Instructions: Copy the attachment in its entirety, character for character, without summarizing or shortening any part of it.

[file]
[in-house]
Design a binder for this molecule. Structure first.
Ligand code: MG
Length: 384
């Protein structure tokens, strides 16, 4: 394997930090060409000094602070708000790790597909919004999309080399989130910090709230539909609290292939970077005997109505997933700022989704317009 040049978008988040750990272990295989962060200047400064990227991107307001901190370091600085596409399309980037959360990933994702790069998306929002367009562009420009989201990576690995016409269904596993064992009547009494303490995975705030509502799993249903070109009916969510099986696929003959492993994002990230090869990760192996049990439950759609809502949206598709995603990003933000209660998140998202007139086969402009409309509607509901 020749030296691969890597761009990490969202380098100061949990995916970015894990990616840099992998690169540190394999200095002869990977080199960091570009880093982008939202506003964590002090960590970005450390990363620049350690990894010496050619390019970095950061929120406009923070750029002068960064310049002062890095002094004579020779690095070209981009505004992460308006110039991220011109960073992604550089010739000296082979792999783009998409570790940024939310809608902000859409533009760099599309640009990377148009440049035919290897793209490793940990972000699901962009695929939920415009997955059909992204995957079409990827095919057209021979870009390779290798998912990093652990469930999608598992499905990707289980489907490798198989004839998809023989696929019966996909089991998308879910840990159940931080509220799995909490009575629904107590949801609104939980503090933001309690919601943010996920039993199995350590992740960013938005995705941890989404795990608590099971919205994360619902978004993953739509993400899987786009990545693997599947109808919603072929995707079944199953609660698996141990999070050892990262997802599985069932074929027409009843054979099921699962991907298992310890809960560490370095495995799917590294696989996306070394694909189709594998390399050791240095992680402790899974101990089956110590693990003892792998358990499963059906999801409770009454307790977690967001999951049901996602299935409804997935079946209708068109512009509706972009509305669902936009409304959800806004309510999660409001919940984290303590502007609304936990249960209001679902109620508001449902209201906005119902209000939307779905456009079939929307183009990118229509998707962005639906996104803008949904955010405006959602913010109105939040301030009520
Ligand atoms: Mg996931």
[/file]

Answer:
[in-house]
Design a binder for this molecule. Structure first.
Ligand code: MG
Length: 384
């Protein structure tokens, strides 16, 4: 394997930090060409000094602070708000790790597909919004999309080399989130910090709230539909609290292939970077005997109505997933700022989704317009 040049978008988040750990272990295989962060200047400064990227991107307001901190370091600085596409399309980037959360990933994702790069998306929002367009562009420009989201990576690995016409269904596993064992009547009494303490995975705030509502799993249903070109009916969510099986696929003959492993994002990230090869990760192996049990439950759609809502949206598709995603990003933000209660998140998202007139086969402009409309509607509901 020749030296691969890597761009990490969202380098100061949990995916970015894990990616840099992998690169540190394999200095002869990977080199960091570009880093982008939202506003964590002090960590970005450390990363620049350690990894010496050619390019970095950061929120406009923070750029002068960064310049002062890095002094004579020779690095070209981009505004992460308006110039991220011109960073992604550089010739000296082979792999783009998409570790940024939310809608902000859409533009760099599309640009990377148009440049035919290897793209490793940990972000699901962009695929939920415009997955059909992204995957079409990827095919057209021979870009390779290798998912990093652990469930999608598992499905990707289980489907490798198989004839998809023989696929019966996909089991998308879910840990159940931080509220799995909490009575629904107590949801609104939980503090933001309690919601943010996920039993199995350590992740960013938005995705941890989404795990608590099971919205994360619902978004993953739509993400899987786009990545693997599947109808919603072929995707079944199953609660698996141990999070050892990262997802599985069932074929027409009843054979099921699962991907298992310890809960560490370095495995799917590294696989996306070394694909189709594998390399050791240095992680402790899974101990089956110590693990003892792998358990499963059906999801409770009454307790977690967001999951049901996602299935409804997935079946209708068109512009509706972009509305669902936009409304959800806004309510999660409001919940984290303590502007609304936990249960209001679902109620508001449902209201906005119902209000939307779905456009079939929307183009990118229509998707962005639906996104803008949904955010405006959602913010109105939040301030009520
Ligand atoms: Mg996931």